JavaScript has evolved over the years with new features and improvements that make it a more capable language. But despite this improvement, it still has countless limitations that make it a bad choice for building large web applications.

It's missing key features like type-checking that other languages have, which means that it can lead to bugs and even security issues in your application. Sure, you might not need the type-checking feature if your application is small, but as the codebase grows, the chances of errors increases.

JavaScript was really never designed to be a programming language for big applications. It's a scripting language, it doesn't have static typing, but more importantly perhaps, it lacks some of the structuring mechanisms that you need in large applications like classes and modules and perhaps interfaces.

Anders Hejlsberg (TypeScript Core developer)
The photo of Anders Hejlsberg (TS Core developer)

This is why TypeScript was created, to give developers a syntax that's closer to the languages we're already familiar with while keeping all of JavaScript's advantages. And it's precisely what you need to build better web apps that don't rely on external libraries or frameworks that are difficult to integrate into your project.

In this article, we won't talk about what is TypeScript and how to add types to variables. If you want further details about basics of TypeScript, I'm sure you can find it, but you will not find it here.

Instead, I will cover why you should be using it instead of JavaScript for your next web application project and why it will replace JavaScript as the main programming language in the future.

The problem with JavaScript

Like many of us, I've written many JavaScript apps before introducing myself to the TypeScript world. I worked as a self-employed software developer for almost all of my career. And while doing so, I built multiple web applications for clients that were usually used for medium-sized businesses.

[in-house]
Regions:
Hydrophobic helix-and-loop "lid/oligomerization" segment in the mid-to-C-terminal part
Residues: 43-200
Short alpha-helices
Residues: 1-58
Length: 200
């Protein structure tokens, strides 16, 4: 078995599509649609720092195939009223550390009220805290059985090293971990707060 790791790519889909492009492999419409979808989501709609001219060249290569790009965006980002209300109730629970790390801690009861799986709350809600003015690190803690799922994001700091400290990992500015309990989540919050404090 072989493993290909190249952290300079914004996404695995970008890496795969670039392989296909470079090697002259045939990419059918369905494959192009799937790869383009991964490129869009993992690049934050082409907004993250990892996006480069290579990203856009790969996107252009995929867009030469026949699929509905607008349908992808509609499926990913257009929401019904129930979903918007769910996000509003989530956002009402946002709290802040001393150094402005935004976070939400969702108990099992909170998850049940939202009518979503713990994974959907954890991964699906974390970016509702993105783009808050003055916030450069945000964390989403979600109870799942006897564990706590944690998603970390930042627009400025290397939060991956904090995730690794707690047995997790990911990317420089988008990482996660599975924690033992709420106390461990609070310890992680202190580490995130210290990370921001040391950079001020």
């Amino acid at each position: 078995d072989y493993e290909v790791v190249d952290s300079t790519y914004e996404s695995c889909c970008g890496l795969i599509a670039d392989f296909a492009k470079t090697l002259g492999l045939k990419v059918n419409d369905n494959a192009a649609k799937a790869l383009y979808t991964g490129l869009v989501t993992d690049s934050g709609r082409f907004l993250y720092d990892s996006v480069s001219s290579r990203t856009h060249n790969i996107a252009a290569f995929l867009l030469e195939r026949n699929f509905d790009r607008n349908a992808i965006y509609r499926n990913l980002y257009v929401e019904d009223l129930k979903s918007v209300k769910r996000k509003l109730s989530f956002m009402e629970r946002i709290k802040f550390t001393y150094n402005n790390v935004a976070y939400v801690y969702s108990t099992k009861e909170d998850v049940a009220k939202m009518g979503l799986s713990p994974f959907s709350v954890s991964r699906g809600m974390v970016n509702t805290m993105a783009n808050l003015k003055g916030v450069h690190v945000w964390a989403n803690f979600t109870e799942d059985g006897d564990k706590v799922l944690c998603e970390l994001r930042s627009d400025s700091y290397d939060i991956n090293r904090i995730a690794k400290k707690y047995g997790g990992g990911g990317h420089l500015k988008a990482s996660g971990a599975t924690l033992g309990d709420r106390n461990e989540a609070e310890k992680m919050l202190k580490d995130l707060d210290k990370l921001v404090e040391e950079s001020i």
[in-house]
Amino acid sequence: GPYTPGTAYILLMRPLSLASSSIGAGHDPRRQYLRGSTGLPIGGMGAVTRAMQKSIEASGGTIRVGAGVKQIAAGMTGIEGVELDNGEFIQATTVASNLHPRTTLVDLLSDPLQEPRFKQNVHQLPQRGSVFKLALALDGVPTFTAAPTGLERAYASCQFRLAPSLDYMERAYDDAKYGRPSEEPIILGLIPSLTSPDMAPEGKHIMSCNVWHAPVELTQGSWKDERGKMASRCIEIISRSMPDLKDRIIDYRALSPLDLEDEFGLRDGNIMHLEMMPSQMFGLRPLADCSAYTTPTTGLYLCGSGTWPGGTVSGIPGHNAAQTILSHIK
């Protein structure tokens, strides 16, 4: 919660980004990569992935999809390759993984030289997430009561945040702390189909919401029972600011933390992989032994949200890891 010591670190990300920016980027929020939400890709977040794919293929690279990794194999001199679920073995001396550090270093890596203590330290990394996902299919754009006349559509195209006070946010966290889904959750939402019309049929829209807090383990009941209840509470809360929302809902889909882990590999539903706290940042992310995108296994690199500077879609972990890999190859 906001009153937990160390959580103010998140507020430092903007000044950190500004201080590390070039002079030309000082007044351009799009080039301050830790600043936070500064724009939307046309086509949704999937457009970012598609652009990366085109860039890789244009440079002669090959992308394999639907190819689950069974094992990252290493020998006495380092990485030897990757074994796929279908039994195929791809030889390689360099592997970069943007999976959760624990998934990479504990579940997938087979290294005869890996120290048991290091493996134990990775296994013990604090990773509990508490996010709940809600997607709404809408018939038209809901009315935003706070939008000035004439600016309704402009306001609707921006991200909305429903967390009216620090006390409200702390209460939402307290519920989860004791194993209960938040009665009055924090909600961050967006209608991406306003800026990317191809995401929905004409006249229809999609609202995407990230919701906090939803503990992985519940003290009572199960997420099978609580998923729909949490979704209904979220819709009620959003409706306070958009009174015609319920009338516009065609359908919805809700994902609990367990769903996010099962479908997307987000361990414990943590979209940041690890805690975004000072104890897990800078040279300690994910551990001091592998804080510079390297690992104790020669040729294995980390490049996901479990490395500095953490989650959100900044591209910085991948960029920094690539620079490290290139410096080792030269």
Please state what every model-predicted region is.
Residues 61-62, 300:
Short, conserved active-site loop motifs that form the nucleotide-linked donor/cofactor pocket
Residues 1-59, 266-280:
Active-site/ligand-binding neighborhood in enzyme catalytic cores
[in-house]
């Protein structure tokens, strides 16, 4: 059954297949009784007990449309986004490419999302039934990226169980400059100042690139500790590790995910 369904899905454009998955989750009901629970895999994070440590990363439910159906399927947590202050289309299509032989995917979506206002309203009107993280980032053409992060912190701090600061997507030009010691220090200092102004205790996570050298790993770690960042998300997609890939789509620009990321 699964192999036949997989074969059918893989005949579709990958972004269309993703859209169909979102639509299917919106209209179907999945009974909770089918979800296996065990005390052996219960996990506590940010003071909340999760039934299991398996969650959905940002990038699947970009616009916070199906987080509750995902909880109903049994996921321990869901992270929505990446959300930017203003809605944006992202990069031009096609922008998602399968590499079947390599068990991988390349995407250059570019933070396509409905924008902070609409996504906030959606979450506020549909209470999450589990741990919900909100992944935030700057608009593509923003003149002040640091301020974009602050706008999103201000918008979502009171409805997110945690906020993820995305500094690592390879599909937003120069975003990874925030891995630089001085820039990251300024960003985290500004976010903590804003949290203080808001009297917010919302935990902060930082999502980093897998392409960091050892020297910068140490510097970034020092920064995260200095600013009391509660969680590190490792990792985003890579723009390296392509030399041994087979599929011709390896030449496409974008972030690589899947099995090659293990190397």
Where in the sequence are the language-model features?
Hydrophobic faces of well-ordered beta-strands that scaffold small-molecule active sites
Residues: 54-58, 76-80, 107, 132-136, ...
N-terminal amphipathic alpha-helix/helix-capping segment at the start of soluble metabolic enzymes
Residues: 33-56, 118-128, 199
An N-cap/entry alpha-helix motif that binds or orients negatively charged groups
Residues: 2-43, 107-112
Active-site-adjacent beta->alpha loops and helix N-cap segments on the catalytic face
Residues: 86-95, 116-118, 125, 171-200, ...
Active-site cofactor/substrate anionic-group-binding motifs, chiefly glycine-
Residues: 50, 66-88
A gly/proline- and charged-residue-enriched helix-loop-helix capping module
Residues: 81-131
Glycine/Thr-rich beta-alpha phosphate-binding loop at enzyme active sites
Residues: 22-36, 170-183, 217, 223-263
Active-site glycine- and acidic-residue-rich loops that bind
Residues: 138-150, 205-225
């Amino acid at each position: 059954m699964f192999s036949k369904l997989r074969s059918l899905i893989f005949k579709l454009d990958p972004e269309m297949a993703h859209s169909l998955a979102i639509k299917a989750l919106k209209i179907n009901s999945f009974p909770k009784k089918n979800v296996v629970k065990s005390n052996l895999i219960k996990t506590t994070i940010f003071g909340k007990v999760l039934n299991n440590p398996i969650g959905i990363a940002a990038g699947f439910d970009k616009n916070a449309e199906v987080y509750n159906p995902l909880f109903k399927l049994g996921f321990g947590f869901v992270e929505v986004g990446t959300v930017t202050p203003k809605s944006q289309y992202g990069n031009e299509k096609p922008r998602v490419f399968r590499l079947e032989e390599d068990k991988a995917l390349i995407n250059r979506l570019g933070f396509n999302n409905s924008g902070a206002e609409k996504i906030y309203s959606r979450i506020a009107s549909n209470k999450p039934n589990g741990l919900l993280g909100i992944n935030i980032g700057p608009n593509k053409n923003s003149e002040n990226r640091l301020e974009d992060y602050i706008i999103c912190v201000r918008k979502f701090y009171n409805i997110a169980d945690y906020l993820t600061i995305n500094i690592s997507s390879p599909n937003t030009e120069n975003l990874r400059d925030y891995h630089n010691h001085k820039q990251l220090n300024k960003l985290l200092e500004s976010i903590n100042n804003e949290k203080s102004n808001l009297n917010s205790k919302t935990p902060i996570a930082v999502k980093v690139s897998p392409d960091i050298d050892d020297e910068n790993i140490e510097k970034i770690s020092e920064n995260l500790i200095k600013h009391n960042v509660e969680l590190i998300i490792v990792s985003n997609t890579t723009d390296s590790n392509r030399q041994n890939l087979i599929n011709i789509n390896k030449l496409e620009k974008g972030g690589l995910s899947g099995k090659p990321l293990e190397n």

Some projects were so complex that I was often confused about how to organize my code properly to avoid duplicate code and make it more simple. The biggest issue for me was going back to a project after a couple of months. It always felt as if I was losing track of what I was doing in that piece of code, and that I needed to spend time re-reading everything to understand how the application was working again.

Consider this simple method inside the JavaScript class:

handleResponse(data) {
    if (data !== 'success') {

    this.checkboxes.forEach(box => box.checked = false)

    const message = this.sendToClients
        ? 'The invoice is created and sent to clients'
        : 'The invoice is created without sending emails''The invoice is created', message, 'success')

I call this method when an AJAX response comes from the server. When I had a task to implement a new feature, I had a hard time knowing what properties live inside objects. I still don't know what data variable in this code example contains apart from the “success” string.

Because of this lack of proper organization, I typically found myself spending a lot of time trying to figure out how a particular piece of code works again. This is what made me think that working on the backend is so much easier for me because I don't have to deal with anonymous objects all over my codebase.

Why TypeScript?

What are the major advantages of using TypeScript over JavaScript? Let me start by saying that the single biggest reason to use TypeScript is that it helps you organize your code.

It is like reading code and documentation at the same time. I can give a great analogy to the use of TypeScript. Imagine you bought a new house, and your task is to move all your things there. You have plenty of boxes with different things inside them - books, plates, clothes, furniture, etc.


Now, having a big JavaScript app is like putting all of your things in boxes and later organizing these boxes in your new home. You need to figure out where should you put your plates and glasses before you put them in their new home.

When you use TypeScript, each of your box has a categorized label and the sheet with the list of things that you put in the box attached to the box. You know exactly where things are located. It becomes so much easier to unpack things in a new house.